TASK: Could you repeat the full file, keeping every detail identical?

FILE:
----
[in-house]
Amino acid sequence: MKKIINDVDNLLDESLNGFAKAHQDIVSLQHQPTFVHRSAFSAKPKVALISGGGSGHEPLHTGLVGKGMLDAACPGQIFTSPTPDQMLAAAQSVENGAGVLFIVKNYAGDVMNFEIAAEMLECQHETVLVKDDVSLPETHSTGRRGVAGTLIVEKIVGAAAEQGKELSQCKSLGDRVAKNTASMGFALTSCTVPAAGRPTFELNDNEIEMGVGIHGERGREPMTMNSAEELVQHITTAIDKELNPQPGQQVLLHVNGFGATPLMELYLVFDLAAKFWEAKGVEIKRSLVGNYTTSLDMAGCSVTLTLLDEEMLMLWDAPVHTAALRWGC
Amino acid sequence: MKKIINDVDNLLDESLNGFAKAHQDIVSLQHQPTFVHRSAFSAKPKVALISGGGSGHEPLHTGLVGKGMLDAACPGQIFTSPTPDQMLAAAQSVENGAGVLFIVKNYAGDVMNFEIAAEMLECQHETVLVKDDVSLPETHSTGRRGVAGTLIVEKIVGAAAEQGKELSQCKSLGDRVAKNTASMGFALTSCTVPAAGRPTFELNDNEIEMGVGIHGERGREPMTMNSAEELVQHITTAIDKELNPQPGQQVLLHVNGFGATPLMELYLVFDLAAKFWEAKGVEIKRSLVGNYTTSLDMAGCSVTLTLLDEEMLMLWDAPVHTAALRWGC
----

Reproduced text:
[in-house]
Amino acid sequence: MKKIINDVDNLLDESLNGFAKAHQDIVSLQHQPTFVHRSAFSAKPKVALISGGGSGHEPLHTGLVGKGMLDAACPGQIFTSPTPDQMLAAAQSVENGAGVLFIVKNYAGDVMNFEIAAEMLECQHETVLVKDDVSLPETHSTGRRGVAGTLIVEKIVGAAAEQGKELSQCKSLGDRVAKNTASMGFALTSCTVPAAGRPTFELNDNEIEMGVGIHGERGREPMTMNSAEELVQHITTAIDKELNPQPGQQVLLHVNGFGATPLMELYLVFDLAAKFWEAKGVEIKRSLVGNYTTSLDMAGCSVTLTLLDEEMLMLWDAPVHTAALRWGC
Amino acid sequence: MKKIINDVDNLLDESLNGFAKAHQDIVSLQHQPTFVHRSAFSAKPKVALISGGGSGHEPLHTGLVGKGMLDAACPGQIFTSPTPDQMLAAAQSVENGAGVLFIVKNYAGDVMNFEIAAEMLECQHETVLVKDDVSLPETHSTGRRGVAGTLIVEKIVGAAAEQGKELSQCKSLGDRVAKNTASMGFALTSCTVPAAGRPTFELNDNEIEMGVGIHGERGREPMTMNSAEELVQHITTAIDKELNPQPGQQVLLHVNGFGATPLMELYLVFDLAAKFWEAKGVEIKRSLVGNYTTSLDMAGCSVTLTLLDEEMLMLWDAPVHTAALRWGC